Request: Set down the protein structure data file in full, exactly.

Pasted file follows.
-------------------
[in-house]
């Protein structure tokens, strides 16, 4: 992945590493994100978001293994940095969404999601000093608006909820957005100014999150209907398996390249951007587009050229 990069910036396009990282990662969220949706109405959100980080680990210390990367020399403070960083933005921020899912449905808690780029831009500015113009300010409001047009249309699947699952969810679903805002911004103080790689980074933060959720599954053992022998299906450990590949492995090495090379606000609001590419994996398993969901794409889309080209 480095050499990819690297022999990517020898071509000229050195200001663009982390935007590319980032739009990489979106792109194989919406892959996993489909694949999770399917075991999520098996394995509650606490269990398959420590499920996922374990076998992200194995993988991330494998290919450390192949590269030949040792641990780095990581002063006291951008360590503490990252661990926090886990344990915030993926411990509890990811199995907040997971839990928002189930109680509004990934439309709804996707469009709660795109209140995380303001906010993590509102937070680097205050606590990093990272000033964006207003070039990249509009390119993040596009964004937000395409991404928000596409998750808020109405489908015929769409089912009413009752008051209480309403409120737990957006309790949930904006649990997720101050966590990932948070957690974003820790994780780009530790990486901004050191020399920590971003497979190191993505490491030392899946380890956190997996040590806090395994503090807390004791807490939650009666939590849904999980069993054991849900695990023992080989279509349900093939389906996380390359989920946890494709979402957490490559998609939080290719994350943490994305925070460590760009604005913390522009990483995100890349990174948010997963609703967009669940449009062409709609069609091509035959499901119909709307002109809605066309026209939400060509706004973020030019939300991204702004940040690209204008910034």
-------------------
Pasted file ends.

[in-house]
């Protein structure tokens, strides 16, 4: 992945590493994100978001293994940095969404999601000093608006909820957005100014999150209907398996390249951007587009050229 990069910036396009990282990662969220949706109405959100980080680990210390990367020399403070960083933005921020899912449905808690780029831009500015113009300010409001047009249309699947699952969810679903805002911004103080790689980074933060959720599954053992022998299906450990590949492995090495090379606000609001590419994996398993969901794409889309080209 480095050499990819690297022999990517020898071509000229050195200001663009982390935007590319980032739009990489979106792109194989919406892959996993489909694949999770399917075991999520098996394995509650606490269990398959420590499920996922374990076998992200194995993988991330494998290919450390192949590269030949040792641990780095990581002063006291951008360590503490990252661990926090886990344990915030993926411990509890990811199995907040997971839990928002189930109680509004990934439309709804996707469009709660795109209140995380303001906010993590509102937070680097205050606590990093990272000033964006207003070039990249509009390119993040596009964004937000395409991404928000596409998750808020109405489908015929769409089912009413009752008051209480309403409120737990957006309790949930904006649990997720101050966590990932948070957690974003820790994780780009530790990486901004050191020399920590971003497979190191993505490491030392899946380890956190997996040590806090395994503090807390004791807490939650009666939590849904999980069993054991849900695990023992080989279509349900093939389906996380390359989920946890494709979402957490490559998609939080290719994350943490994305925070460590760009604005913390522009990483995100890349990174948010997963609703967009669940449009062409709609069609091509035959499901119909709307002109809605066309026209939400060509706004973020030019939300991204702004940040690209204008910034």